Top Critic Average
Overall, I enjoyed reviving the fallen enemies to aid me in battle and the score for this game is pretty good. Sword of the Necromancer has some interesting ideas but it doesn’t quite come together to stand tall against other titans in the roguelike genre. The combat lacks satisfaction and the game feels a little light on items in the build I played. It feels like there is more to come though with potential future updates. Maybe with time, it will become more than just a good roguelike experience.
Sword of the Necromancer manages to bring something new to the flooded rogue-like genre while providing a heartwarming story. It has a multitude of options to allow players to tailor the game to their liking. It's breadth of mechanics allow for tons of experimentation that will keep you coming back until you finally get the true ending.
Sword of the Necromancer is a gem of a game. While visually it can look a little repetitive, the game is honestly a ton of fun. I think this one may be a game people remember for a long time.
Sword of the Necromancer doesn't offer too original and memorable art, but it manages to surprise thanks to a very clever game design and an emotional story. A rogue-lite game to try.
Review in Italian | Read full review
The development team clearly understands how important is to ground players into a narrative. But they need to make sure that there's deeper integration between the world and the gameplay to create a successful rogue-lite. Right now Sword of the Necromancer is like one of its monsters, intriguing at first but quickly dropped when it no longer seems useful.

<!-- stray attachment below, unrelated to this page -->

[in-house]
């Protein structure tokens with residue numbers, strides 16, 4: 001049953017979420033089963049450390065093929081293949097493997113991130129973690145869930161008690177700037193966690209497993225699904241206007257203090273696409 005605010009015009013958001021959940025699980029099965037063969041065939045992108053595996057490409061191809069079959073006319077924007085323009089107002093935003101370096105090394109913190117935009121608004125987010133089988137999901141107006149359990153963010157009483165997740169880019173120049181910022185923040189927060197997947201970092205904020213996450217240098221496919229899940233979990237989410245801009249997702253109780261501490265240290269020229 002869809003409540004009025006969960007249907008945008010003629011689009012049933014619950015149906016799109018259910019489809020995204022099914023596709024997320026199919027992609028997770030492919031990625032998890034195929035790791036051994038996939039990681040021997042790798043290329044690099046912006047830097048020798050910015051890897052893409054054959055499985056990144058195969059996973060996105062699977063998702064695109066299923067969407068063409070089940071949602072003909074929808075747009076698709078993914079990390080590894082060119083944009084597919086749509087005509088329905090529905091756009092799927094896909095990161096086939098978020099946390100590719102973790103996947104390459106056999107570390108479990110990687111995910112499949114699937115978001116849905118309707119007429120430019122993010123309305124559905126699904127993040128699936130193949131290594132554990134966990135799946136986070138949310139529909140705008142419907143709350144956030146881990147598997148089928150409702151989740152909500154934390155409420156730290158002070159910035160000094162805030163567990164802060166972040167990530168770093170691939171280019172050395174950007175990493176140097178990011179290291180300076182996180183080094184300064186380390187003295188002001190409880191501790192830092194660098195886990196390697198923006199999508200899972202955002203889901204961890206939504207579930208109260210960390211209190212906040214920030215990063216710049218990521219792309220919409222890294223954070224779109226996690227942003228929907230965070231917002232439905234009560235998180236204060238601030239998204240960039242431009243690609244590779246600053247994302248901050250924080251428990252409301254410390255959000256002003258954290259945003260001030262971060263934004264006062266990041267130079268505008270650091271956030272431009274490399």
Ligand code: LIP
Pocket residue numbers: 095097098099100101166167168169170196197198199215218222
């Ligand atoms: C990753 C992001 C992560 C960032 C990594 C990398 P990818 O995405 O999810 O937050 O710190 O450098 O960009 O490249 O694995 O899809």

Sword of the Necromancer is a solid Rogue-Lite action RPG title that has a clever resurrection mechanic, but otherwise doesn’t do much new and different. That said, what Sword of the Necromancer does, it does pretty well and makes it one of the more enjoyable enters into the genre.
Sword of the Necromancer is by no means a perfect game, but it's still enjoyable with a few issues here and there. Tama never feels like she's getting stronger and the monsters you summon are hit and miss as to whether they'll actually be effective in a fight or just randomly run around the room going nowhere near where you want them to. The bosses are also hit and miss when it comes to those that require strategy and those that just have you run away for a bit before getting in one or two hits and repeating. However, the story is great and well voice-acted and the soundtrack has a lot of nice tracks to listen to.
Sword of the Necromancer is an enjoyable game with a story that really makes you want to play more, though after playing through the same sections multiple times with a lot of the same enemies can get repetitive after a while, especially once you get to the end and realise you need to start over for the full ending.
Sword of the Necromancer is a fun roguelike, with a unique enemy revival system that sets it apart from other titles in the genre. Unfortunately, a lacklustre combat system and unoriginal story mean that it doesn't quite match up to the absolute best roguelikes out there.
Sword of the Necromancer is a neat, engaging, and surprising rogue-like with some great ideas and a curiously deep narrative. The mechanic of reviving enemies to fight for you is a great concept, and general features like diverse weapons and effective combat maneuvers feel superb, however, this strange inventory design feels like a huge setback. The inclusion of the latest update which allows for a more customized experience is an improvement, but it did sour my enjoyment of the game just a little to not have it from launch. As it stands, you can’t really let yourself get attached to anything other than the titular sword which directly contradicts the key point of the narrative; that Tama has grown attached to Koko. If you are looking for a nice, light rogue-like to jump into that doesn’t feel mindless, this is the game for you.
Although Sword of the Necromancer has some exciting ideas, they never fully pay off. Be sure to check out some gameplay footage first to get a feel of what this roguelike has to offer.